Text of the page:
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Step changes in procurement policy can achieve big social impact

Mar 13, 2024 | News

On 13 and 14 March, the 11th edition of the Procura+ conference has taken place in Lisbon, of which AEIDL is one of the endorsers. For over 25 years the Procura+ conference has been where sustainable, circular and innovation procurement policy meets practice. Valentina Caimi, Senior expert at AEIDL, was invited to share expertise on socially responsible public procurement (SRPP). In the last six years, with other colleagues, she has developed or reviewed 114 case studies on SRPP, on behalf of the European Commission and EU agencies. 

To illustrate how step changes can achieve big impact, she chose to tell the story of the Provincial Council of Guipúzcoa, in the Basque country, Spain, a case study that was developed for the Green Public Procurement Helpdesk

The objective of the Provincial Council of Guipúzcoa was to promote gender equality through public procurement. This process started in 2007 and saw its foundation in the Basque Law 4/2005 on Equality between women and men. In 2008 the Equality Body was created, which has been the driving force of this process. In more than two decades, the Provincial Council of Guipúzcoa has developed a comprehensive process to promote gender equality by the means of public procurement. This process includes a legislative/regulatory component (a number of laws on the incorporation of social/gender clauses), a capacity building programme, a steady collaboration and reflection process between the Equality Body and the legal department of the Provincial Council, and a system of monitoring and evaluation. 

On the legislative/regulatory side the Provincial Council took a dual approach: the objective of using public procurement to promote gender equality was included in regulations and strategies on both public procurement and gender equality. A coordinated support system was set up, first of all to include gender equality clauses in a systematic way in the procurement procedures, and in a second phase, to monitor and evaluate their use. The Equality Body raised awareness about the need to institutionalise the process in the other departments. In 2010, the Equality Body started a capacity building programme addressed to the provincial staff with responsibility for contracting. During the period 2013-2016, all the departments of the Provincial Council carried out monitoring to identify the contracts that had incorporated equality clauses. In 2017, the Provincial Council developed a guide for monitoring equality clauses, an internal working document.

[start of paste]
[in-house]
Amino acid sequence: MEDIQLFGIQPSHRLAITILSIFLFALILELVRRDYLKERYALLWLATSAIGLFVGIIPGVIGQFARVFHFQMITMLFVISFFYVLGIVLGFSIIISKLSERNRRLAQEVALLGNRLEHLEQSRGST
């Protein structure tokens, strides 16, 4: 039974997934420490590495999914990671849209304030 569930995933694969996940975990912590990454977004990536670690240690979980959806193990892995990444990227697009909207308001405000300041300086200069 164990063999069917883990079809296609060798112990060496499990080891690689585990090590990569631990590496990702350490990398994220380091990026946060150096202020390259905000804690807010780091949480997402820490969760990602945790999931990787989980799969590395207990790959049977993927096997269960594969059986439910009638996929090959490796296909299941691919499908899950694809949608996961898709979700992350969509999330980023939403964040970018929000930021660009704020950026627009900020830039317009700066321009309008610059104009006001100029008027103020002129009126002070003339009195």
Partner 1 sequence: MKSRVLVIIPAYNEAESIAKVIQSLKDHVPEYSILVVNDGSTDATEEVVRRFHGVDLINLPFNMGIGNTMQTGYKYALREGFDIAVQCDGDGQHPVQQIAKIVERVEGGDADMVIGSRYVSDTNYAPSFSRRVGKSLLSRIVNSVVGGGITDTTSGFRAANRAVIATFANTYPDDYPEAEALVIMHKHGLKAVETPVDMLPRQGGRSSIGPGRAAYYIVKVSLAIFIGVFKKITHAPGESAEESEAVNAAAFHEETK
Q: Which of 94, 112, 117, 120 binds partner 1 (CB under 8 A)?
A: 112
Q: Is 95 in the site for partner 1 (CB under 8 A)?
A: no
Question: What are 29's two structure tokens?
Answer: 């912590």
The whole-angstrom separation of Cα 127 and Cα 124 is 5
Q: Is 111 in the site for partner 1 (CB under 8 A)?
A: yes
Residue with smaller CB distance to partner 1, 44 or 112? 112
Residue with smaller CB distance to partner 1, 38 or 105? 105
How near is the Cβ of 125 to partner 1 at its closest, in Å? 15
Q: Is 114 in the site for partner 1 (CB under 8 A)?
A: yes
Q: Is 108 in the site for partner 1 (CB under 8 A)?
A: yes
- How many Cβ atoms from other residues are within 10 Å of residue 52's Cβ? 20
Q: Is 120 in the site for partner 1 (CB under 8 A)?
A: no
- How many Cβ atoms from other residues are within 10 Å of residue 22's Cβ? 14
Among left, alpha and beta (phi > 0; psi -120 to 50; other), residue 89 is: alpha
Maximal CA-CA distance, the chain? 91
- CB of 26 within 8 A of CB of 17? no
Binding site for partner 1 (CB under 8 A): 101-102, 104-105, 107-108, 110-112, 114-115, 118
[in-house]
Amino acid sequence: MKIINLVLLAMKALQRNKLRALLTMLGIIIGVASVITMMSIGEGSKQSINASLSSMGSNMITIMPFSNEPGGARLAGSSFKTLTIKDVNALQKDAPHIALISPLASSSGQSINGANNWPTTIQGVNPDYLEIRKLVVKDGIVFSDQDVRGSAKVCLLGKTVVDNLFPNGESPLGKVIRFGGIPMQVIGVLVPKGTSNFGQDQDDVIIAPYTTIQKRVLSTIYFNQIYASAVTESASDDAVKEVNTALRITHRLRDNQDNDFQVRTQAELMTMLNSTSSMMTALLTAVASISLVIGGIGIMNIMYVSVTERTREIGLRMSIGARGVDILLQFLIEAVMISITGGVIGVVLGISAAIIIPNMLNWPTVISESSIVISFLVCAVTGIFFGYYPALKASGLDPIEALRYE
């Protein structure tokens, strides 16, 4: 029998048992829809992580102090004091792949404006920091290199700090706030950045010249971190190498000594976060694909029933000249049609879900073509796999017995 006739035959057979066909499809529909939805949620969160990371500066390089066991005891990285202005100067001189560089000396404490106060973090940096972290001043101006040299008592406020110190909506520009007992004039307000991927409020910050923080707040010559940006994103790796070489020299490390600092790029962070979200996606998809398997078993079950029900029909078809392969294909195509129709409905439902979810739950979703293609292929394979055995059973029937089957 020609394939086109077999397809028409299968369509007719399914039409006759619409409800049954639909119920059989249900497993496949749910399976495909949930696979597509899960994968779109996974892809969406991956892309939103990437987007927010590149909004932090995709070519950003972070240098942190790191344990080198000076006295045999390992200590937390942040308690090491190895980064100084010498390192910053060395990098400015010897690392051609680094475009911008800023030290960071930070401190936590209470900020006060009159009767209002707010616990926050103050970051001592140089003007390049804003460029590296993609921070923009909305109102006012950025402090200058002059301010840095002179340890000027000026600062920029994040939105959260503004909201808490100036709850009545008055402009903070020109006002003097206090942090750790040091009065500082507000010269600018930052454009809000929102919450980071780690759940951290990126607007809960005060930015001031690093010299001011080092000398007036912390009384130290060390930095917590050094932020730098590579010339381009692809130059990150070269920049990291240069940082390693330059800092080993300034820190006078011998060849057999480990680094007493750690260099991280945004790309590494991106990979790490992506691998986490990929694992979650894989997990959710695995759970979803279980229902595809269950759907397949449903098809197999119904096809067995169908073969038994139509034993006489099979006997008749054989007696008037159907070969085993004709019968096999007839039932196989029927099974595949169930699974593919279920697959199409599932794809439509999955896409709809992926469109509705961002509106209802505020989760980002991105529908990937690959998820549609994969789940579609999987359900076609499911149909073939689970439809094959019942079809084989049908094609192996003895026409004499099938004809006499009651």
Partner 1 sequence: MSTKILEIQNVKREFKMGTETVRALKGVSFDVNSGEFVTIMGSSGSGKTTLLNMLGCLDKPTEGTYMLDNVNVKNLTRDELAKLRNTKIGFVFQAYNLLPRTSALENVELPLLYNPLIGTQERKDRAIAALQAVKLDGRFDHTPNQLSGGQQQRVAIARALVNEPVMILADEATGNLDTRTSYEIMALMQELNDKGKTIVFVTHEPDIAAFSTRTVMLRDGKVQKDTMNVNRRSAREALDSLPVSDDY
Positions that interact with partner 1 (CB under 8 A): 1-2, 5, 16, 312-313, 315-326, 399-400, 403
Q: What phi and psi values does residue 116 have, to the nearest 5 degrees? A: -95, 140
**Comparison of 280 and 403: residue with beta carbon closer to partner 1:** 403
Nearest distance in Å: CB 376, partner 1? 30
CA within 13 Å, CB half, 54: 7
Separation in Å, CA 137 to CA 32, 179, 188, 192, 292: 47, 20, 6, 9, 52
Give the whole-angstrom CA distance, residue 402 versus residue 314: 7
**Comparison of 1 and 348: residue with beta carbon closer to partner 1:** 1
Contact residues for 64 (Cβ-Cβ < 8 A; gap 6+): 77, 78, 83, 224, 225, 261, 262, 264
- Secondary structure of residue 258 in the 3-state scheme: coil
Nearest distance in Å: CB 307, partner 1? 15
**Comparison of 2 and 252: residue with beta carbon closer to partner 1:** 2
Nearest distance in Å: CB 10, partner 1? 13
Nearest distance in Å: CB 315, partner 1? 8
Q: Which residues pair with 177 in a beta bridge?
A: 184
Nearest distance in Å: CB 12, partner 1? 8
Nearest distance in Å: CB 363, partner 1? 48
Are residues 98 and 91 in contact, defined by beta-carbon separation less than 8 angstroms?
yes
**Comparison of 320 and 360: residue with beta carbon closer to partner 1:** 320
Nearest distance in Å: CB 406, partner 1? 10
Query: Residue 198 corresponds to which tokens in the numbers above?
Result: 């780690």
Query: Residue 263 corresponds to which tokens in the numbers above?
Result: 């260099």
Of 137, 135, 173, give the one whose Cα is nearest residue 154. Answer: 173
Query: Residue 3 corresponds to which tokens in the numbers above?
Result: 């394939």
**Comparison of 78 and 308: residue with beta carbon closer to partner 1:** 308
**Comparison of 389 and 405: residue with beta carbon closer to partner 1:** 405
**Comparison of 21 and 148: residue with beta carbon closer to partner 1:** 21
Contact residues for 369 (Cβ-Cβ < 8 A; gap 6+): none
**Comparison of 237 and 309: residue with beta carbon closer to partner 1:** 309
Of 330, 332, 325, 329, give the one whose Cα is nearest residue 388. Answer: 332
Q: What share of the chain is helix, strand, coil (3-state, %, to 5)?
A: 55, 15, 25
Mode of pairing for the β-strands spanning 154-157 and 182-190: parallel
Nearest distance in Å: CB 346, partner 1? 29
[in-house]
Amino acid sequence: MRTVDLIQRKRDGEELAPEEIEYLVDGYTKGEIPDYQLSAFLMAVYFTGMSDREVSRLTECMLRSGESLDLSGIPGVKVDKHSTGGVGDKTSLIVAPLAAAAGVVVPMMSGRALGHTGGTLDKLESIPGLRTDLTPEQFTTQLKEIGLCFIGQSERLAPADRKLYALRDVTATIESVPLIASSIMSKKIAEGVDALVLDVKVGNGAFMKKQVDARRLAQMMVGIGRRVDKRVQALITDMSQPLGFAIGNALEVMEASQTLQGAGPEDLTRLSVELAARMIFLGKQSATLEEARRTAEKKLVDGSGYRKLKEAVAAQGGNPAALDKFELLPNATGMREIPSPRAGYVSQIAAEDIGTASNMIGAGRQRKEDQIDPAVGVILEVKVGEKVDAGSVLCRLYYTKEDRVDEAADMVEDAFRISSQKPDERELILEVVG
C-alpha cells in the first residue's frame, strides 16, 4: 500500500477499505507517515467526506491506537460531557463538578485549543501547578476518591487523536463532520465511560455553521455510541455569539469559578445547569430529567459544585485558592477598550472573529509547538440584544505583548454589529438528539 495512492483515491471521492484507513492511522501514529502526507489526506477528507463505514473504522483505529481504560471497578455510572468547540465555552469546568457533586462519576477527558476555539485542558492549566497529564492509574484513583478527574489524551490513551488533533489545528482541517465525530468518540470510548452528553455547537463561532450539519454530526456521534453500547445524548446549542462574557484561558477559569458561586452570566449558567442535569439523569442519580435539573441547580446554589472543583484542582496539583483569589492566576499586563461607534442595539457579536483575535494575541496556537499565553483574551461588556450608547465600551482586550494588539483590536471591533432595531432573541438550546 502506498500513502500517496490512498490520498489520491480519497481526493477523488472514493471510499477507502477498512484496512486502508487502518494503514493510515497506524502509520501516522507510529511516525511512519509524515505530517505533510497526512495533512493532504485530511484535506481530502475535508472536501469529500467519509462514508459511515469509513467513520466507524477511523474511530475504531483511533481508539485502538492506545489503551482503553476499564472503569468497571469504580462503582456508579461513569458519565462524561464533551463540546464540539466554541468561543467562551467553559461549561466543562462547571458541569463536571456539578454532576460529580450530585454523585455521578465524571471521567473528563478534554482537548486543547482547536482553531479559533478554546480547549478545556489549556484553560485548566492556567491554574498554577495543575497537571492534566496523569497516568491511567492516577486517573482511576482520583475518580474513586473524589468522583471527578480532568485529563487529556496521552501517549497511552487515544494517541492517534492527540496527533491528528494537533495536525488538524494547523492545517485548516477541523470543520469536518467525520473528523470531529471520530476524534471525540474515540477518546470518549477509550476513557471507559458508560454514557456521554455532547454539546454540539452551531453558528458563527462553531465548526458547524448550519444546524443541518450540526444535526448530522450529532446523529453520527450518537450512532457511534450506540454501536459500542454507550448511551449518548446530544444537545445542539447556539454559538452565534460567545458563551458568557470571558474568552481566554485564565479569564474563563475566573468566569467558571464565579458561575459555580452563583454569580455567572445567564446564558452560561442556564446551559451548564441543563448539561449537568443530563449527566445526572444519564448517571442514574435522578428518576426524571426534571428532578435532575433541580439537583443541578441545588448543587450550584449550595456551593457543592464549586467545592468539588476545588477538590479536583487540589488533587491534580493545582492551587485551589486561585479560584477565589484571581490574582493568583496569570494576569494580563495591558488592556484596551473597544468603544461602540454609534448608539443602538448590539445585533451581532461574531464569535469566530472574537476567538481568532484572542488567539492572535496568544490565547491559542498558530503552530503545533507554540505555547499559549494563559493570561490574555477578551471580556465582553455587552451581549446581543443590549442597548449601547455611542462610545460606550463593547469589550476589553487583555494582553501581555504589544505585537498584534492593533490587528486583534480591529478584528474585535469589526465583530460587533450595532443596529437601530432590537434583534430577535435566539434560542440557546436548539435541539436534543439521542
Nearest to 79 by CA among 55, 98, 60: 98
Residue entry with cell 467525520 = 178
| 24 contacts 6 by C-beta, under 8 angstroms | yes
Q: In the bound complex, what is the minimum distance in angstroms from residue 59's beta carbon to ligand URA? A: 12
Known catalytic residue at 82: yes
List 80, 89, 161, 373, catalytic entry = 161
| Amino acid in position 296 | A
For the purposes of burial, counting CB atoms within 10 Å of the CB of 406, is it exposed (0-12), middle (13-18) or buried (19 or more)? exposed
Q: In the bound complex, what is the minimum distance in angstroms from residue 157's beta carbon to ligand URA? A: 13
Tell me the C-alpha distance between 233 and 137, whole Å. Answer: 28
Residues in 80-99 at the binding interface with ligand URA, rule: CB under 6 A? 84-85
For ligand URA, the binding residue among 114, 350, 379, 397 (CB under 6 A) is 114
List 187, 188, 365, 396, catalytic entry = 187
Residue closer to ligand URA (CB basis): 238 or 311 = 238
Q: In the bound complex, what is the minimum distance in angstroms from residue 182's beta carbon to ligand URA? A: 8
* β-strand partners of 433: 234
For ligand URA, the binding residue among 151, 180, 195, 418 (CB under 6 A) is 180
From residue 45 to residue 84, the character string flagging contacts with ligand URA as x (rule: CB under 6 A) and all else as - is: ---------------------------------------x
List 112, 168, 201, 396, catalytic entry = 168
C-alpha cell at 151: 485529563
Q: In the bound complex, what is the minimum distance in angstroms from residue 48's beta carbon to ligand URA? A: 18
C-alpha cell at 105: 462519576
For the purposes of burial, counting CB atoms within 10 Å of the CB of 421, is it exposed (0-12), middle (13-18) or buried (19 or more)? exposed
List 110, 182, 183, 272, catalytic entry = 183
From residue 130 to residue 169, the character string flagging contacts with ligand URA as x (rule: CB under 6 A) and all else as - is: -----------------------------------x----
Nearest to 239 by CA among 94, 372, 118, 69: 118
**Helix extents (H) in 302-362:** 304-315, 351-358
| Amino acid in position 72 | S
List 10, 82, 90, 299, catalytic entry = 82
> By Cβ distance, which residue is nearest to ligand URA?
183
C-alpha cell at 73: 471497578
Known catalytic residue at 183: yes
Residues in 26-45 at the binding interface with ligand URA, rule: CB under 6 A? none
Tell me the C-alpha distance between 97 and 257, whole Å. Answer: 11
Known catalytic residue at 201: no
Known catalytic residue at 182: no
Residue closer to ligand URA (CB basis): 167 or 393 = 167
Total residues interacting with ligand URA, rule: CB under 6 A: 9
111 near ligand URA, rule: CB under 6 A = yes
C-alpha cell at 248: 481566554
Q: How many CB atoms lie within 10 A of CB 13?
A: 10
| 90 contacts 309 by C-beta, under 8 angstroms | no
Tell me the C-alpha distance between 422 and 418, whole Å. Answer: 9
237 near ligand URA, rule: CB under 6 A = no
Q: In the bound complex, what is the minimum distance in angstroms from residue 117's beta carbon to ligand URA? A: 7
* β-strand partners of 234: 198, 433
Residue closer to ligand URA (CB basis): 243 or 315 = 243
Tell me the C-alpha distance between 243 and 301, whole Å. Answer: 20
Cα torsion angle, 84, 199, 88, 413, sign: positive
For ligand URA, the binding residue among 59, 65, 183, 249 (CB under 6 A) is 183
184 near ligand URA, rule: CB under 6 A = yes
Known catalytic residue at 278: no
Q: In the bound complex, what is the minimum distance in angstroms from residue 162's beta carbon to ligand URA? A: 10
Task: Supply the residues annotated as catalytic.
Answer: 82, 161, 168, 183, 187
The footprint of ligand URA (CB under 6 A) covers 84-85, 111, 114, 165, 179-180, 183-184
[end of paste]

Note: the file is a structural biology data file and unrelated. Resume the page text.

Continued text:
The policy put in place by the Provincial Council of Guipúzcoa has had a clear impact. In 2013, there were 71 contracts including gender clauses. In 2016, gender clauses were included in 172 contracts out of 210 (82%) and in all types of contracts. Currently, equality clauses are included in all public contracts of the Provincial Council, with different degrees and levels of application and thus not always the same results. From a qualitative perspective, there has been an evolution, too, since initially gender equality clauses were mainly incorporated in award criteria, whereas nowadays they are generally included in the contract performance conditions.

The evaluation carried out in 2019 of the policy of the Provincial Council showed the following results:

  • More women were hired by bidders/contractors and in some work contracts, the number of women in managerial positions has increased.
  • Contractors have increased awareness raising and training in gender equality. 
  • Public procurement officers found that the incorporation of the clauses had changed not only their monitoring processes, but also their planning processes, which now take into account equality clauses from the very beginning. 

From research conducted in different projects by AEIDL, we know that public procurement can produce social outcomes if a favourable legal framework is coupled with adequate policy frameworks both in the domain of procurement and other domains (gender equality in this case), with capacity-building programmes, monitoring and reporting frameworks, and institutional collaboration between different bodies and departments (such as the Equality Body and the legal department of the Provincial Council).

The example from the Provincial Council of Guipúzcoa testifies how step changes undertaken from 2008 have created a big impact in the use of public procurement to advance gender equality.